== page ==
Hurricanes, flooding, wildfires, tornadoes, blizzards and other natural disasters can happen at any time. Having an emergency plan helps pharmacists, pharmacies, and patients protect themselves and their medications, during a disaster event and in the aftermath.
Pre-planning is especially important for patients on a prescription drug regimen, as nonadherence may be life-threatening for certain conditions. According to the FDA, pharmacists play an important role in planning for emergencies like those that can be created by dangerous storm situations, like Hurricane Florence could create in the Carolinas this week. Pharmacists must ensure their patients are informed about how to keep themselves and their medications safe.
“An emergency plan is especially important for those with health concerns, particularly if the power goes out,” said pharmacist Henry Yu, in a Drug Info Rounds video from the FDA. “Taking precautions for storing medications and supplies is key to being prepared.”
According to the FDA, pharmacists should advise patients to:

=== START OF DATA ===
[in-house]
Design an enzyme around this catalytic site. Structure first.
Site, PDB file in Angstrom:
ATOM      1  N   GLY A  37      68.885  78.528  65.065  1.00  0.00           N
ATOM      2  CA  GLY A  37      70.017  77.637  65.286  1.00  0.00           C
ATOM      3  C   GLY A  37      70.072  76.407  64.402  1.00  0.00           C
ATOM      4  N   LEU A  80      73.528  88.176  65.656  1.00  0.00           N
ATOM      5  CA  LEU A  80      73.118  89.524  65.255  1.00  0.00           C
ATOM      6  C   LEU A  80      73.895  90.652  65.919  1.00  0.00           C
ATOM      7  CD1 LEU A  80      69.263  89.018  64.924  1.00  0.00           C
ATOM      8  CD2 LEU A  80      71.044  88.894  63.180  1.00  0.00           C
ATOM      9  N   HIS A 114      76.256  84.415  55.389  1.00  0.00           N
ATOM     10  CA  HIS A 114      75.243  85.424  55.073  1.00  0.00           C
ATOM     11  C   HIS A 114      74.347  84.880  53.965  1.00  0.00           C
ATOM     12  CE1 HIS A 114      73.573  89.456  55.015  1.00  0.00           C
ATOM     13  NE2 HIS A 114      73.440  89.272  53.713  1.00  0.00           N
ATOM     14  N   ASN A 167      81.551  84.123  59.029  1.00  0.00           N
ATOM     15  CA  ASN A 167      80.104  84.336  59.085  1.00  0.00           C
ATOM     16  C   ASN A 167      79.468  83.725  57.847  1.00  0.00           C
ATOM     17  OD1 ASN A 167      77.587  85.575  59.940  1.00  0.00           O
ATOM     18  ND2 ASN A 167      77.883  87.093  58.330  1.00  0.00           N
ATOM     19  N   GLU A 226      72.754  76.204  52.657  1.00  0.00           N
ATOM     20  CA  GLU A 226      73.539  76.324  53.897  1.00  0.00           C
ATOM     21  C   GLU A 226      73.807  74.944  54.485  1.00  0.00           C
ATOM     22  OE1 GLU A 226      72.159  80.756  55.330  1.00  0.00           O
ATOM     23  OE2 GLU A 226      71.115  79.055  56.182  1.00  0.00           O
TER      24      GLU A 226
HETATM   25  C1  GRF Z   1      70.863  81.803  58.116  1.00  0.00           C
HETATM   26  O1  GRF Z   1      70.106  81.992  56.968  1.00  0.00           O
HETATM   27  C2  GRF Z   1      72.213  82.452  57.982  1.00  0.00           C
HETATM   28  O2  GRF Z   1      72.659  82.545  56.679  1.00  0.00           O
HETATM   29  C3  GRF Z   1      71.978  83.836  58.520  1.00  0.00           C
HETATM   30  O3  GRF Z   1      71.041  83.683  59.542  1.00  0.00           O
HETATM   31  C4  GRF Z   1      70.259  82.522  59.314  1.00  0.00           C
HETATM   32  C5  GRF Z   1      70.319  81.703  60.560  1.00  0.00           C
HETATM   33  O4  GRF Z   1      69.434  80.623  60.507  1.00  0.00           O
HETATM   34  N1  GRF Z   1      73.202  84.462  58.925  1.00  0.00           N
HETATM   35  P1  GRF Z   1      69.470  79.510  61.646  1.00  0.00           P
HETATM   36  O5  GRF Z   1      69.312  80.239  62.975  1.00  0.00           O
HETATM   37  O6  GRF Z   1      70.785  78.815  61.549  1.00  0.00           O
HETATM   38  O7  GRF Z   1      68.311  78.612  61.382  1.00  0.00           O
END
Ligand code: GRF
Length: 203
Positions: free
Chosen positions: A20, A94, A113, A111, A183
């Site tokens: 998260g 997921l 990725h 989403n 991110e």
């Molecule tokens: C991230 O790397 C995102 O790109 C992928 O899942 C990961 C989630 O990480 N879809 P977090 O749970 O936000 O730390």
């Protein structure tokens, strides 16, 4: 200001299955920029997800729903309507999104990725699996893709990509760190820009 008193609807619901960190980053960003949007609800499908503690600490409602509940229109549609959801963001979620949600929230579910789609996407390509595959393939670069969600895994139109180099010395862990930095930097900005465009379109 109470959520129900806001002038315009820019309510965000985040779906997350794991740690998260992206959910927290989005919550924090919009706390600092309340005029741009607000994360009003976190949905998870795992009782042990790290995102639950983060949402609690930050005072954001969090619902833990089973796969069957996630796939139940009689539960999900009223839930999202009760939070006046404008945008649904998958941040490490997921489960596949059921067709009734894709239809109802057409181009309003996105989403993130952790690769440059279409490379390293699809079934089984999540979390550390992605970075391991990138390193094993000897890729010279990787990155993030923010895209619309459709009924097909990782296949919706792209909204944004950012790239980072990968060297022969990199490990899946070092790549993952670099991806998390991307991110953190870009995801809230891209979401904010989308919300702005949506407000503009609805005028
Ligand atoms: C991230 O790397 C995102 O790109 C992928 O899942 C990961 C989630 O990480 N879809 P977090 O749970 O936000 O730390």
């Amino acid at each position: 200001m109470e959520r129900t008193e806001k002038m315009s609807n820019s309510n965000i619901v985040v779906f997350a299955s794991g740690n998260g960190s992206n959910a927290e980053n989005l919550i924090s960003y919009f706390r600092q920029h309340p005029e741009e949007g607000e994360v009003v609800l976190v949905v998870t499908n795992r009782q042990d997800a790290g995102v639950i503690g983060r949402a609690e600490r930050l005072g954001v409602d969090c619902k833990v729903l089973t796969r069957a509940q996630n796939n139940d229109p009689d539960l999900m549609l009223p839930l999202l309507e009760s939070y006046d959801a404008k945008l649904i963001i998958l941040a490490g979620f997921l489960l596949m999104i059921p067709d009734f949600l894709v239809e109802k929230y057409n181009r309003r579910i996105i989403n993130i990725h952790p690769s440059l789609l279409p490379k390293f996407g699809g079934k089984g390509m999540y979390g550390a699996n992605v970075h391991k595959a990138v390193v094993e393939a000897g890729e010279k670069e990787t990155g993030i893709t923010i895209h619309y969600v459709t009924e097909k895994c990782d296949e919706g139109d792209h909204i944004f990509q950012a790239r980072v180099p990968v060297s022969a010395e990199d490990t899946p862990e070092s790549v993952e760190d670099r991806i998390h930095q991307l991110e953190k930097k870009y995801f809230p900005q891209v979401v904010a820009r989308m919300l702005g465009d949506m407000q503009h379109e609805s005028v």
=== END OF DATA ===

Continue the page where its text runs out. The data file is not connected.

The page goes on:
Following a natural disaster, a loss of power or flooding may affect medications. Prescription drugs can be altered after exposure to extreme temperatures that can occur with power loss, and prescription drugs may be contaminated by flood water or broken pipes.
Pharmacists can assist patients in examining medications for damage and discard the treatment if necessary. For medications that must be reconstituted, pharmacists should advise patients to only use bottled water if clean water is otherwise unavailable. In addition, if the power has been out for an extended amount of time, refrigerated products should be discarded.
For patients on life-sustaining drugs, such as insulin, an unrefrigerated drug be may used until new doses are available. Since temperature-sensitive drugs may lose potency if unrefrigerated, they should be replaced immediately, FDA officials recommend.
In circumstances where the containers of life-saving medications have been exposed to floodwater and other treatments are not available, pharmacists can determine if the drug should be used, as long as the contents appear to be unaffected, according to the FDA. However, the agency has warned that once replacement drugs are available, potentially contaminated drugs should be disposed of and patients should begin treatment with non-contaminated drugs.